Cape Town - The Faculty of Medicine and Health Sciences at Stellenbosch University (FMHS) found that HIV-positive mothers should breastfeed during their child's first year of life.
The study contradicts some earlier recommendations.
It also looked at a reduction in risk of pneumonia and diarrhoea, which lead the causes of child mortality in the Western Cape.
Dr Moleen Zunza, a researcher at the university, investigated the social and contextual factors affecting HIV-infected women's feeding practices for their infants as part of her PHD thesis.
One of the main reasons these women were not breastfeeding was earlier views on the matter.
Her study was conducted while the Western Cape Prevention of Mother-to-Child Transmission programme was transitioning from supporting replacement feeding, to recommending breastfeeding supported by antiretroviral protection.
She said few women chose breastfeeding, and those who did, switched to formula feeding early. “Some tested interventions include individual counselling, group education, mobile phone text messaging and motivational interviewing.
"This transition was associated with conflicted feelings in women and healthcare providers about whether or not to breastfeed,” Zunza said.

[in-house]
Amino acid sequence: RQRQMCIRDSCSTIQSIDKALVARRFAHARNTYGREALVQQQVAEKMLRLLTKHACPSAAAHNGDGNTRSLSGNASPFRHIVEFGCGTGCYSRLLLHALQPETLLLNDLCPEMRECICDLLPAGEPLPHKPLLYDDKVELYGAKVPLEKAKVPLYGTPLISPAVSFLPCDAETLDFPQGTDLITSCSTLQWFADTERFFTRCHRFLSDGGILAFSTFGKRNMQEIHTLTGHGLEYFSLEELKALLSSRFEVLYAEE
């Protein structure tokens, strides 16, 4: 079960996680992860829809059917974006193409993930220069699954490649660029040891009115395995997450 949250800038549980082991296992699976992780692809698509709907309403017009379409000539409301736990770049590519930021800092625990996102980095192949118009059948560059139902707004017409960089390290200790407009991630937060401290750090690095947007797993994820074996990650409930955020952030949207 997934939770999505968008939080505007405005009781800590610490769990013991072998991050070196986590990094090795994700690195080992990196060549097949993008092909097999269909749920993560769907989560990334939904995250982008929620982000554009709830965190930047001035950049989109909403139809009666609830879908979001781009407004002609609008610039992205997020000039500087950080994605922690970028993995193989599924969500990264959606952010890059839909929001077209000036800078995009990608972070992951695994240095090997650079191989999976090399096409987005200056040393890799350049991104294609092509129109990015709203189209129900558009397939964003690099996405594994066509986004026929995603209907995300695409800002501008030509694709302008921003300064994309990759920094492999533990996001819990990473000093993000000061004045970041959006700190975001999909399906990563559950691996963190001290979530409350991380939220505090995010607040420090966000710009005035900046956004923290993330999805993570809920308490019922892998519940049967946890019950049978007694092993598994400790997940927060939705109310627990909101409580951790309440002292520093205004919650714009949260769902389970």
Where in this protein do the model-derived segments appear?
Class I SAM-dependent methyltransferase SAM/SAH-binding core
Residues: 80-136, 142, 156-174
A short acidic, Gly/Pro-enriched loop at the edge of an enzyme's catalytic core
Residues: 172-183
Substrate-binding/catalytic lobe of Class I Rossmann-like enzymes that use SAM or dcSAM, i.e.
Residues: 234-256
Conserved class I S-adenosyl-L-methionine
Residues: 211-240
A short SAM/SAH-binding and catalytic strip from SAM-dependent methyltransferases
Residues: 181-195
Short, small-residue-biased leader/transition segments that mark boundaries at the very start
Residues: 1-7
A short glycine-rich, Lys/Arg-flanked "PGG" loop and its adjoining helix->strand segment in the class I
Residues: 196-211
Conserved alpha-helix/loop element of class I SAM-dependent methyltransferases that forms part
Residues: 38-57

The study shows years of promoting formula-feeding for HIV-positive women eroded the confidence in breastfeeding among healthcare workers and women.
“The first practical recommendation from this study involves disseminating evidence to healthcare authorities and communities who often don't recognise benefits of breastfeeding for health and development of children.
“For breastfeeding to be successfully promoted and supported, actions are needed at many levels, from policy directives to social,” she said.
Provincial health deputy director Mark van der Heever, said they are in full agreement that every woman, whether HIV positive or negative, has a choice regarding the feeding formula.
The mother may be advised on the suitability thereof by the health care workers depending on her general health status and that of the child.
“All HIV-positive pregnant women must be initiated on antiretroviral treatment (ART).
"Depending on the period on ART and viral load (VL) status they are categorised as high or low risk of transmission,” Van der Heever said.